Patna is the capital of the Indian state of Bihar, the most populous city in the state, and the second most populous state capital in Eastern India. Patna is one of the oldest continuously inhabited places in the world, placing it along side Rome, Varanasi, Beijing and Baghdad. Ancient Patna, known as Pataliputra, was the capital of the Magadha Empire, Nanda Empire, Mauryan Empire, Sunga Empire, Gupta Empire and Pala Empire dynasties. The population during the Maurya period (around 300 BCE) was about 400,000, making it one of the largest cities in the ancient and classical world.
The modern city is situated on the southern bank of the Ganges, and the urban area straddles the rivers Sone, Gandak and Punpun. Patna is approximately 35 km long and 16 km to 18 km wide, which was similar to the layout of the urban area during various stages of Bihar's history. The city authorities and state administration have made an effort since 2005 to make Patna a leading economic hub. This work has been recognised by the World Bank, which in June 2009, ranked Patna in second place, after Delhi, in terms of the ease of starting a business. Like Bihar, Patna has lower per capita income than many other Indian state capitals, as at 2004-2005, Patna per capital income stood at (the highest per capita gross district domestic product in Bihar) at Rs31,441. On the basis of, assumed average annual growth, Patna has been ranked as 21st fastest growing city in the world and 5th fastest growing city in India by City Mayors Foundation. Patna registered average annual growth of 3.72%,for the period of 2006-2010.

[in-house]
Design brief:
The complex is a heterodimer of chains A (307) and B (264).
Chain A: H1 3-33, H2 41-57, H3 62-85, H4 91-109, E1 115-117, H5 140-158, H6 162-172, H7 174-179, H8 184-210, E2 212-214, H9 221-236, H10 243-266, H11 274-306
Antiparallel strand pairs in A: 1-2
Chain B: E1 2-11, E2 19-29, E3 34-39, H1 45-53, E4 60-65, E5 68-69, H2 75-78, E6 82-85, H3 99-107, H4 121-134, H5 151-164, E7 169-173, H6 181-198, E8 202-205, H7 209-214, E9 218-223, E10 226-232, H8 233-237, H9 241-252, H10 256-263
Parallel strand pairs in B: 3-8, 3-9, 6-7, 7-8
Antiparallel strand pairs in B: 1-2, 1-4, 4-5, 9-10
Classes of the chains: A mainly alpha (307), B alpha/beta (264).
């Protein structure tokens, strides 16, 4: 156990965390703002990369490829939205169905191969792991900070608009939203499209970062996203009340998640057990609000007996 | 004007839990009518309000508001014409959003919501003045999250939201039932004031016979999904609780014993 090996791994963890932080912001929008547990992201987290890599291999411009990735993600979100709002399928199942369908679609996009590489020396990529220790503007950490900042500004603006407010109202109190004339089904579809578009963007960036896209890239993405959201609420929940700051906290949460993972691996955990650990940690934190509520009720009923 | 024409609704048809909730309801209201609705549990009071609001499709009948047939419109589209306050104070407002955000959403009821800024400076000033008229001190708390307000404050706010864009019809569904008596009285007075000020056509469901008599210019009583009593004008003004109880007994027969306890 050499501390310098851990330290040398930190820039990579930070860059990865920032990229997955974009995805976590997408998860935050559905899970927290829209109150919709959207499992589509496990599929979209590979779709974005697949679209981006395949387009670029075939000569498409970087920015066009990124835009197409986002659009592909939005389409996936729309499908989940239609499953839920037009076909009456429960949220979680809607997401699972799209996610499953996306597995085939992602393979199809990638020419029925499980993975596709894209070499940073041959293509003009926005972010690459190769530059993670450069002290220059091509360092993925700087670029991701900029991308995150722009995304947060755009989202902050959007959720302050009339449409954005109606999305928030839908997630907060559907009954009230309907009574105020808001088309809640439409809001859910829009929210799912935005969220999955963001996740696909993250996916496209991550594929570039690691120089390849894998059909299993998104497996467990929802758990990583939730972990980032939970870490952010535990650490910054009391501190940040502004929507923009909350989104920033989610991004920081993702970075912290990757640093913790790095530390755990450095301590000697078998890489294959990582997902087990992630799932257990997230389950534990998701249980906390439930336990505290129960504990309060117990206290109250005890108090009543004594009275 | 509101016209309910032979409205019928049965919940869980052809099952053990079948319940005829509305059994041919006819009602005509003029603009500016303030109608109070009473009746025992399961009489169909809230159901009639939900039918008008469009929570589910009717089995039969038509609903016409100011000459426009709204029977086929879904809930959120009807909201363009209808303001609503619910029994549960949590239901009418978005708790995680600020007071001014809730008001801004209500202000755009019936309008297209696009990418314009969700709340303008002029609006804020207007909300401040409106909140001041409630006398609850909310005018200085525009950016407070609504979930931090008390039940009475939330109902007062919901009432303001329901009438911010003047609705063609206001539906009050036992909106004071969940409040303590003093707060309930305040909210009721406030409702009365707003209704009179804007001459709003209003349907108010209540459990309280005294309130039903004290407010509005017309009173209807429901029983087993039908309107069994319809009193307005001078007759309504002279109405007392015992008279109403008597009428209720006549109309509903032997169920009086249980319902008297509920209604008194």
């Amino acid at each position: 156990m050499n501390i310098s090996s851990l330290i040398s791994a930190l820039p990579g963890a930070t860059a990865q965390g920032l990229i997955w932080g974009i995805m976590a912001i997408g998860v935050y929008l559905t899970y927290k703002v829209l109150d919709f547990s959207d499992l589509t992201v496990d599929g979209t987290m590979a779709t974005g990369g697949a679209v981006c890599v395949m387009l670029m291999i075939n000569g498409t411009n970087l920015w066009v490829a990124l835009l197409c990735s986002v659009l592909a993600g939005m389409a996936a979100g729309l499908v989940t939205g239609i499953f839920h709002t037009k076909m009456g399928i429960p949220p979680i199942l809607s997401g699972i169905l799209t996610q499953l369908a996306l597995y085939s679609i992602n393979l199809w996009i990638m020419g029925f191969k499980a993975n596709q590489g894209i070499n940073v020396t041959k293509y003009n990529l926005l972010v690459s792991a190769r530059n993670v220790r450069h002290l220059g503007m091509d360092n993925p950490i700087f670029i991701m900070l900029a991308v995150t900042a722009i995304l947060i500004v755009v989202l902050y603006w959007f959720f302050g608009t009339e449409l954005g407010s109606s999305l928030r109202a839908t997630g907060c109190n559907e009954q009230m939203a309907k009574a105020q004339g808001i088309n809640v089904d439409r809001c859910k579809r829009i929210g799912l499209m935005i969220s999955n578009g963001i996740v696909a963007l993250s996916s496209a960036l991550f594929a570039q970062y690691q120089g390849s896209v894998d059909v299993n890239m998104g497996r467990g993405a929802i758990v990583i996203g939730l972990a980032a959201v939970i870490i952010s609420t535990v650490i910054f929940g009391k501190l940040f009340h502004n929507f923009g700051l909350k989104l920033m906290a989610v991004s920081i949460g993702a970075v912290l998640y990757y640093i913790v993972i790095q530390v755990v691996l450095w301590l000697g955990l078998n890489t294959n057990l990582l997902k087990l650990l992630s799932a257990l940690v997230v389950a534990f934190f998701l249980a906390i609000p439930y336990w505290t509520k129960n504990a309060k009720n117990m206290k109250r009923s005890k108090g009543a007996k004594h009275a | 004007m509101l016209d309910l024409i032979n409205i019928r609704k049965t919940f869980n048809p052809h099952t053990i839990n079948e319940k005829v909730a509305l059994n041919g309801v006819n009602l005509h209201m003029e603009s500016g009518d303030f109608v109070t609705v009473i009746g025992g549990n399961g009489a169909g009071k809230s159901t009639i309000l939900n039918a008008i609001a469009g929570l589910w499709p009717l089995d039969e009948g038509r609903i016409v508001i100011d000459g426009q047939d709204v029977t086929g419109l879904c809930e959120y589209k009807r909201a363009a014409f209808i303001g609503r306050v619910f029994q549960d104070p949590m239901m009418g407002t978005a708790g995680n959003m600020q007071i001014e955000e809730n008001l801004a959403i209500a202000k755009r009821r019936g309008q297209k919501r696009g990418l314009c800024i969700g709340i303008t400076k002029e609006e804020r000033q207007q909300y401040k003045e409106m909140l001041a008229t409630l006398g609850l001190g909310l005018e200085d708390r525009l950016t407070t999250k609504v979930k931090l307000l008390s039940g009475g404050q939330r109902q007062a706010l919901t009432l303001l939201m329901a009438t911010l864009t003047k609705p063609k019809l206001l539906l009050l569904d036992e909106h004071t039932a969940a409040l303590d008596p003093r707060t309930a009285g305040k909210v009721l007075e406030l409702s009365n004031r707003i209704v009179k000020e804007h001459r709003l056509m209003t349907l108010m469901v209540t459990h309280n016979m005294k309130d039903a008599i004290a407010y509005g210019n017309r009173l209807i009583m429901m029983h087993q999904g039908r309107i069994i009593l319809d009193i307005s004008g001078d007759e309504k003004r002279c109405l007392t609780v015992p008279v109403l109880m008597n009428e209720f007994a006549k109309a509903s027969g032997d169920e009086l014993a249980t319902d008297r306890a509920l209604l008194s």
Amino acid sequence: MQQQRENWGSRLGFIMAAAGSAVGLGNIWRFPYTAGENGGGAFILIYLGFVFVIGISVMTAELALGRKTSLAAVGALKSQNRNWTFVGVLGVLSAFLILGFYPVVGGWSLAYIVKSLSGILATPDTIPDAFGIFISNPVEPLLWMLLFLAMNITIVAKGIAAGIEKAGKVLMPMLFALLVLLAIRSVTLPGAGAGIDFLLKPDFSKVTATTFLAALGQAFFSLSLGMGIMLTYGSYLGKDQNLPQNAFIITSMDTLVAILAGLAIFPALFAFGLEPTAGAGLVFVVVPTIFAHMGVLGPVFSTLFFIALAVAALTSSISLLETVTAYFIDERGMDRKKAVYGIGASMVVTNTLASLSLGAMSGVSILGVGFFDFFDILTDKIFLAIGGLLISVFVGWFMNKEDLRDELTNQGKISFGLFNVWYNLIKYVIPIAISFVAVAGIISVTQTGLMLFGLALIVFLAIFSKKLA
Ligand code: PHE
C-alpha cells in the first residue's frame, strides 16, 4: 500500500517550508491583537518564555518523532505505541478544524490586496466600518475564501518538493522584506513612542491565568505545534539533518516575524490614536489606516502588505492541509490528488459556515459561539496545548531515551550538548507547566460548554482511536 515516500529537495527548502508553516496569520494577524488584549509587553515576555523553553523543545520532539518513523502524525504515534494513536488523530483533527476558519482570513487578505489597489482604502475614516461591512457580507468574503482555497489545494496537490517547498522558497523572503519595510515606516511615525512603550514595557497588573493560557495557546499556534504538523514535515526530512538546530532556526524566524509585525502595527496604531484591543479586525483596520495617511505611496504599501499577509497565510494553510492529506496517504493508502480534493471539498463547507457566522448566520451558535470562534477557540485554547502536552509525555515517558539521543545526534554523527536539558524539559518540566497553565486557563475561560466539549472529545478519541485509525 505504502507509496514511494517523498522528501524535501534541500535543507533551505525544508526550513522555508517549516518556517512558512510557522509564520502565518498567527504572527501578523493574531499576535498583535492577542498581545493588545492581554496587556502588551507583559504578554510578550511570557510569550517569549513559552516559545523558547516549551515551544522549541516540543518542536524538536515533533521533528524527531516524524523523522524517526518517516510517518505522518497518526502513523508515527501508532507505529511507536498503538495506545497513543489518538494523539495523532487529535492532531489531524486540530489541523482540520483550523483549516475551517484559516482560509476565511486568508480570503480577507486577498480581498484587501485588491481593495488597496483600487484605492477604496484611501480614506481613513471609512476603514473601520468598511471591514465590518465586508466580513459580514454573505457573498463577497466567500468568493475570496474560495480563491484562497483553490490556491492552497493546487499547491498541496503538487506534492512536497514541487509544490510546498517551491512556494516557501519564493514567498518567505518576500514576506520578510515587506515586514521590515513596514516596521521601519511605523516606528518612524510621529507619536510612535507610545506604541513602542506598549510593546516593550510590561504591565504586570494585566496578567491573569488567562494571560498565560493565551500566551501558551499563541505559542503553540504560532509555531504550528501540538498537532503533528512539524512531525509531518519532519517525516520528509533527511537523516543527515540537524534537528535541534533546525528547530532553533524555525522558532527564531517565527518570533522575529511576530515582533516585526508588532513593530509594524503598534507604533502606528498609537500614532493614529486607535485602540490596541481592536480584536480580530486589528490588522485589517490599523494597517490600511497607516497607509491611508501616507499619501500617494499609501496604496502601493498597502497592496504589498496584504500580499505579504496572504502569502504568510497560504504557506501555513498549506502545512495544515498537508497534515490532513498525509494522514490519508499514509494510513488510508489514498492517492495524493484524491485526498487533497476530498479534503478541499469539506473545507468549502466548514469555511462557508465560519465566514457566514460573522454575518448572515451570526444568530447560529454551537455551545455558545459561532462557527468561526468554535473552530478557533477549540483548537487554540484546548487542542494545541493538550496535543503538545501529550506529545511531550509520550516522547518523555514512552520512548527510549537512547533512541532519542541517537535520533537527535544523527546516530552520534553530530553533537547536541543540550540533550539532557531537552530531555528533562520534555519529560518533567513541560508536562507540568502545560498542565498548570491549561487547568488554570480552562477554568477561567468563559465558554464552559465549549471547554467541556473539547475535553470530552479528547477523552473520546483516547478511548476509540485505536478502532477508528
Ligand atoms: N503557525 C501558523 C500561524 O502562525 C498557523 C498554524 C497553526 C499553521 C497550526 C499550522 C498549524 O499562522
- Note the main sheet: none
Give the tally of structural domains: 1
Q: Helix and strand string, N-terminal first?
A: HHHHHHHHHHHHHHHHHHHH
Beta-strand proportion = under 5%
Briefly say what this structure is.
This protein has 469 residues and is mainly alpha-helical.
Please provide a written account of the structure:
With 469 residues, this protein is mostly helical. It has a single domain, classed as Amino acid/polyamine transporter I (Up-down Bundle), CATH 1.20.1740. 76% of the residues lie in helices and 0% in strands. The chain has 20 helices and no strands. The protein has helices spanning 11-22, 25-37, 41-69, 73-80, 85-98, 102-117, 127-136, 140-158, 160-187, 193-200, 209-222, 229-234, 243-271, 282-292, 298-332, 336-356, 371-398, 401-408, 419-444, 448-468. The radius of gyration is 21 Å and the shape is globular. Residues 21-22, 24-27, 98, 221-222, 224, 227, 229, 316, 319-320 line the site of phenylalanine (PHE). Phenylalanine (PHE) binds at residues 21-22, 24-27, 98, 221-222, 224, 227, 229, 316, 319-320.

Like many cities in northern India, Patna has been a centre of religious activity much before the reign of Ashoka the Great, who was the patron of Buddhism. The Buddhist, Hindu, and Jain pilgrim centres of Vaishali, Rajgir, Nalanda, Gaya, Bodhgaya, and Pawapuri is located within driving distance of Patna. Additionally, Patna itself is